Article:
Monday, July 15, 2013

Jenny McCarthy on 'View': A new forum for discredited autism theories

Interesting take on Jenny McCarthy joining the view.  I am just excited that she can bring the subject up in front of millions!

Comedienne turned Playboy centerfold turned autism advocate Jenny McCarthy may not have a medical degree like Dr. Mehmet Oz. But she has publicly embraced some medical opinions that are even more flimsily supported by scientific evidence than some of those espoused by her TV colleague.

And now that McCarthy's got a seat on "The View," she'll have a similarly vast audience to misinform.

When she's not holding forth on sex -- and let's face it, McCarthy's probably no less qualified than many others to speak expertly on the subject -- McCarthy portrays herself as an expert on the subject of autism, a neurodevelopmental disorder with which her 11-year-old son, Evan, was diagnosed in 2005. Since 2008, when she became president of the autism organization Generation Rescue, she has been a leading voice in the community of activists who believe that childhood immunizations cause autism.

"Think of autism like a fart, and vaccines are the finger you pull to make it happen," McCarthy so memorably put it. McCarthy has said her son was handed to her after his birth, "pre-vaccinated with a Band-Aid on his foot," and that was the beginning of all the trouble. (It should be noted here that no vaccine is administered on the foot immediately after birth. But a phenylketonuria test, which ensures that a baby has an enzyme necessary for normal growth and development, is routinely conducted at that time.)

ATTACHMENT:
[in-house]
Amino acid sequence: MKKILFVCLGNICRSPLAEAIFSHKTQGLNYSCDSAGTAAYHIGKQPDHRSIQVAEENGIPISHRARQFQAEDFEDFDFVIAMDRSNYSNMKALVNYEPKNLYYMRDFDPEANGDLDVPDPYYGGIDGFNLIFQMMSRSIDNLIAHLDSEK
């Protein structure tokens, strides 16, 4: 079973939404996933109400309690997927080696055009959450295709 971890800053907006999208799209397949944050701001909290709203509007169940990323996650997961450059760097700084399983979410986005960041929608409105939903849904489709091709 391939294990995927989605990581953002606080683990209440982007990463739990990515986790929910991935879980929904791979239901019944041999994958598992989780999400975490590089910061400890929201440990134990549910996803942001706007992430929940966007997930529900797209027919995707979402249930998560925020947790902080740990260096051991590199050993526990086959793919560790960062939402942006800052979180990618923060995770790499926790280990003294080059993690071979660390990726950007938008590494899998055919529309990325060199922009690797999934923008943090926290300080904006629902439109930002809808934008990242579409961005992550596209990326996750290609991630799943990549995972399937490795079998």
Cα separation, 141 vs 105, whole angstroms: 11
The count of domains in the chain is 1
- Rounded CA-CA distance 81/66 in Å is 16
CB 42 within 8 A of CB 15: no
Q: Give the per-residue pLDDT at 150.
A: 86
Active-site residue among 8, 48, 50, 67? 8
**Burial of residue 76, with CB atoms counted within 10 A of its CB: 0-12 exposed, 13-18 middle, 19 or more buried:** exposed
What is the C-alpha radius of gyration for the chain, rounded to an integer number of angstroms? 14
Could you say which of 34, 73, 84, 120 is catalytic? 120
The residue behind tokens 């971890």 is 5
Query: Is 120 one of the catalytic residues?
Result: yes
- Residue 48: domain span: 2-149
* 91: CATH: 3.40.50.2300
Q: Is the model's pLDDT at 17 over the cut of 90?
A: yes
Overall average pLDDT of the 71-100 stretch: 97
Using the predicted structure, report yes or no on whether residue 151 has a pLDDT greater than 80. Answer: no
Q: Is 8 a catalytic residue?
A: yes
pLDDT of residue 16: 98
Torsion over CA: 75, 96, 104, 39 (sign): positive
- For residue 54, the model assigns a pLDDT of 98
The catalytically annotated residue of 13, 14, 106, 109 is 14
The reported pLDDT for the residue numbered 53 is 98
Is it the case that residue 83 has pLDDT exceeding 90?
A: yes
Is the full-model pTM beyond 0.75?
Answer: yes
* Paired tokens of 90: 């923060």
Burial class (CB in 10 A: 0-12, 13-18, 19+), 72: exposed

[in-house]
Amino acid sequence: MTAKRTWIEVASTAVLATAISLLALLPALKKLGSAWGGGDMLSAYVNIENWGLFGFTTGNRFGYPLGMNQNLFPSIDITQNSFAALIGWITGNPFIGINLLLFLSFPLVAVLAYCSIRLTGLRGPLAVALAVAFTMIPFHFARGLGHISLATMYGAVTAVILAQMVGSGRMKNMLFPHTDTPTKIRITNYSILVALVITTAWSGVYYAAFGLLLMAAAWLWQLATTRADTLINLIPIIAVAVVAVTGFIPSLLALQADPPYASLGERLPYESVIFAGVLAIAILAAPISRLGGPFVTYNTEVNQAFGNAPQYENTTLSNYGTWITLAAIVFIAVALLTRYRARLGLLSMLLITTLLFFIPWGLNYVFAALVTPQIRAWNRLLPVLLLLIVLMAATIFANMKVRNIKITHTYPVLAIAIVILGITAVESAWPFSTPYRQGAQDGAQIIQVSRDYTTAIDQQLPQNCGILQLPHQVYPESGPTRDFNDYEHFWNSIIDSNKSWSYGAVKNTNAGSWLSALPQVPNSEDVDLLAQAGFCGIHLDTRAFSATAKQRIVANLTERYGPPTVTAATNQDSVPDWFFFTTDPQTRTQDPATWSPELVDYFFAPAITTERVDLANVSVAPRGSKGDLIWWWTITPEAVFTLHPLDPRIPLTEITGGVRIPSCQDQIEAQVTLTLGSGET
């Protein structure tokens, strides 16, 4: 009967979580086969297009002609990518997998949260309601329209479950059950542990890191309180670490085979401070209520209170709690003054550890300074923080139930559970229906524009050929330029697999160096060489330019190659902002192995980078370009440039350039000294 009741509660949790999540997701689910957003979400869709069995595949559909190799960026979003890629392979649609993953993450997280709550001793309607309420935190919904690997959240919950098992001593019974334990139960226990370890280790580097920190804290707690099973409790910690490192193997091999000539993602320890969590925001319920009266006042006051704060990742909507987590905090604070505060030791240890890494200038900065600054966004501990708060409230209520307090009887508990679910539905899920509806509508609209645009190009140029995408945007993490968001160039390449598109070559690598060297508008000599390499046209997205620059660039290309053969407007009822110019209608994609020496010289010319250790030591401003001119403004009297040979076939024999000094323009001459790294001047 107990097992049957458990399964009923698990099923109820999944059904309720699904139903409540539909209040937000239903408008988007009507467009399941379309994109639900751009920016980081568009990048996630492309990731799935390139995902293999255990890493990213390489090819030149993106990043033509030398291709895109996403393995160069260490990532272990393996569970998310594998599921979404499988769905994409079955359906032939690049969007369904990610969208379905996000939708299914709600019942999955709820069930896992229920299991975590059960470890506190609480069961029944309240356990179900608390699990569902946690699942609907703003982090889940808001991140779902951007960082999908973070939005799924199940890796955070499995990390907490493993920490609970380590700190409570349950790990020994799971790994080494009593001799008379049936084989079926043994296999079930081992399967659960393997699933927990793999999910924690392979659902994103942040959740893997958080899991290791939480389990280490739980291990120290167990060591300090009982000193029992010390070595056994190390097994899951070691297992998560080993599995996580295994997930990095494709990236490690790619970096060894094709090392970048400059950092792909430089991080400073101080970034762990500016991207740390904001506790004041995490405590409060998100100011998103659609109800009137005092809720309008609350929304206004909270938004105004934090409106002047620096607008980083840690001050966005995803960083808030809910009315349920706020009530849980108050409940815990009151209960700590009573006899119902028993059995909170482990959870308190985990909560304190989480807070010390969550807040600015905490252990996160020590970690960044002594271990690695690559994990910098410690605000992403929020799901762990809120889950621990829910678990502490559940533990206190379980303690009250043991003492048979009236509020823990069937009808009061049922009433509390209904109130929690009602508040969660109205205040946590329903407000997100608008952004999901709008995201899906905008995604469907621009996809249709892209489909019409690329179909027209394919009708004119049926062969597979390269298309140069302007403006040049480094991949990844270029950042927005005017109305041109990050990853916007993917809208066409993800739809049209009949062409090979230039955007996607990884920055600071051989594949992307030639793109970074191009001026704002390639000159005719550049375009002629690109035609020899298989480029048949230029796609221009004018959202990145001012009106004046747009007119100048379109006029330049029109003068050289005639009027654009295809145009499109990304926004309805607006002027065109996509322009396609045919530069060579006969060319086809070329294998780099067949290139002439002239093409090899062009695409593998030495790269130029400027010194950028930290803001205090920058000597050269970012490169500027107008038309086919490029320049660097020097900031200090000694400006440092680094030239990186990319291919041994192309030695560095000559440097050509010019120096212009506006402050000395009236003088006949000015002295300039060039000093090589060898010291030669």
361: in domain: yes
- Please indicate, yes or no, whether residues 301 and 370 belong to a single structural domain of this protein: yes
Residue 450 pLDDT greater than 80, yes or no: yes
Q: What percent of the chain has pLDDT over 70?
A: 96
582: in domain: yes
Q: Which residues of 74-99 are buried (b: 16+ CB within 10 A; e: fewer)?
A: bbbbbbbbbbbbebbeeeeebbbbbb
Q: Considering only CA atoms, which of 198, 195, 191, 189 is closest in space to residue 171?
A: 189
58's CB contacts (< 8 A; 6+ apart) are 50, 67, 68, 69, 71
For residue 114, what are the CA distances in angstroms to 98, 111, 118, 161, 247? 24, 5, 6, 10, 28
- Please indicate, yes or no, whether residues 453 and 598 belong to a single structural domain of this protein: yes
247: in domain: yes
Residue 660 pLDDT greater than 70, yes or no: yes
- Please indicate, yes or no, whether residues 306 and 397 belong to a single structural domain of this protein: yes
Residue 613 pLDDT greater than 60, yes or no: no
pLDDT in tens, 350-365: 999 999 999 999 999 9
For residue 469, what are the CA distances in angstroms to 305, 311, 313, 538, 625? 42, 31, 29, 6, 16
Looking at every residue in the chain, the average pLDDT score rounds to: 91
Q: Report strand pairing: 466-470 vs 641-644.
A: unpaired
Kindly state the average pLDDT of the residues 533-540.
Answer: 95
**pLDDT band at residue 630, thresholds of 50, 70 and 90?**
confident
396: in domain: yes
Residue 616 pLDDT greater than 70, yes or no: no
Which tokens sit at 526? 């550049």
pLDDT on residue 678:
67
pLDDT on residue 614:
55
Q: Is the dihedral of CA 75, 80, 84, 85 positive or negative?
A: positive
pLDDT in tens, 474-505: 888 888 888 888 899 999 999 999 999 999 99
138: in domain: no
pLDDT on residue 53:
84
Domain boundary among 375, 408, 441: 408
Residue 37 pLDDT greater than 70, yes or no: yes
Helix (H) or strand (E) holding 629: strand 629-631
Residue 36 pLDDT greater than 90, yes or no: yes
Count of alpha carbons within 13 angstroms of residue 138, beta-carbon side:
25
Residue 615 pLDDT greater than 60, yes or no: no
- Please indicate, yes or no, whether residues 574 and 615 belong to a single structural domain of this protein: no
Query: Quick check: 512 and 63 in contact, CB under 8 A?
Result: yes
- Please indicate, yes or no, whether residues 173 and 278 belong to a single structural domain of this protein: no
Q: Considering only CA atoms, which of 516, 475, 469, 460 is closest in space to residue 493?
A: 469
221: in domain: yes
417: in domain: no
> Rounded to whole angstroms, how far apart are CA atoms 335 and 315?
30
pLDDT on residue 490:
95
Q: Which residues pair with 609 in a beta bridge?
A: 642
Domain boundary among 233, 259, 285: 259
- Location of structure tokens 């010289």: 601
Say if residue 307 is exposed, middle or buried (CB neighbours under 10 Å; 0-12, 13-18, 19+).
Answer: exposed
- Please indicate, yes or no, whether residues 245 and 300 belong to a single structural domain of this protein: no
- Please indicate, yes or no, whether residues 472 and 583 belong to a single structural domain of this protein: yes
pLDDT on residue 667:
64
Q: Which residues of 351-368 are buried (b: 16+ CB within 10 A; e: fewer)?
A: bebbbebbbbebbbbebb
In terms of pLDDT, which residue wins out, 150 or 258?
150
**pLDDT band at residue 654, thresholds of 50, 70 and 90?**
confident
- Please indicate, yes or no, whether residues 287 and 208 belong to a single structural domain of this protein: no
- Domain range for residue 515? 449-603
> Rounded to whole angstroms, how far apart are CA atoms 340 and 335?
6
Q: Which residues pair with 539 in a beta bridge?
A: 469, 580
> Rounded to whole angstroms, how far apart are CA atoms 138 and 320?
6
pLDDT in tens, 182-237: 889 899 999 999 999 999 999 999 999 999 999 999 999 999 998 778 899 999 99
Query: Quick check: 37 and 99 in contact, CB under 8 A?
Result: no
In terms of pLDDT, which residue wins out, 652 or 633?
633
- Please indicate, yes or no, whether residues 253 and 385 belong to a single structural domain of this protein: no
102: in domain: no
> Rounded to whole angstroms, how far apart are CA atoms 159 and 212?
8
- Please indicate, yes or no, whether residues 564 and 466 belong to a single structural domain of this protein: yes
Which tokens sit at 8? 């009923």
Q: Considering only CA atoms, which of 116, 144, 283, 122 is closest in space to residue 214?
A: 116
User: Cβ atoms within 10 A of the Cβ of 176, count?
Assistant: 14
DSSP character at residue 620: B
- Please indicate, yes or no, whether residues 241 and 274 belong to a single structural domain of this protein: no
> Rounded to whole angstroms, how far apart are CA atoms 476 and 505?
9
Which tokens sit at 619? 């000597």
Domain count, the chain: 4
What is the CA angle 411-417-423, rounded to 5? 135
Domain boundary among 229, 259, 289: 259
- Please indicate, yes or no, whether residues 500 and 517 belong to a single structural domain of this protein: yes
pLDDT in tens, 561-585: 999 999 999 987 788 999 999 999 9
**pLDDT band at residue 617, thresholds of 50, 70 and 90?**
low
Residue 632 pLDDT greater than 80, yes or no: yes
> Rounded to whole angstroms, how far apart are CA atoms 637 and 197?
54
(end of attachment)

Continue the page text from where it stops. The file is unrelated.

McCarthy has also asserted that with measures such as detoxifying the body of heavy metals and yeast and maintaining a gluten-free, dairy-free diet, an autistic child can recover.
This is quackery begotten of fraudulence, exacerbated by mistrust of science and panic over a disorder that upends parents' lives and their hopes for their children. Add celebrity to that already combustible mix, and you get a fiasco that has already opened the door to the resurgence of preventable childhood diseases such as measles and pertussis.

Where did Jenny McCarthy get her ideas? It's probably best to start in 1998, with Andrew Wakefield, the British physician and researcher whose research first linked autism with the Measles, Mumps and Rubella (MMR) Vaccine. In an article published in the respected British medical journal The Lancet, Wakefield and his collaborators claimed they had discovered a link between the MMR vaccine and subsequent diagnoses of autism, as well as a gastrointestinal disorder.

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1 comment:

  1. This is pathetic. As a parent of a child with autism I know that diet is sure not going to change her diagnosis but someone out their is going to listen to this hogwash and not get the proper treatment for their child and we all know that the earlier we start treating this (as much as you can treat) the better outcome our children have. My daughter was not social at all hated changes in her environment as wells as changes to her routine. After working with her we have a child that has friends, is learning to communicate with peers and can now manage her fears on change all of this is still on going and she is still autistic but she is learning to live with the challenges.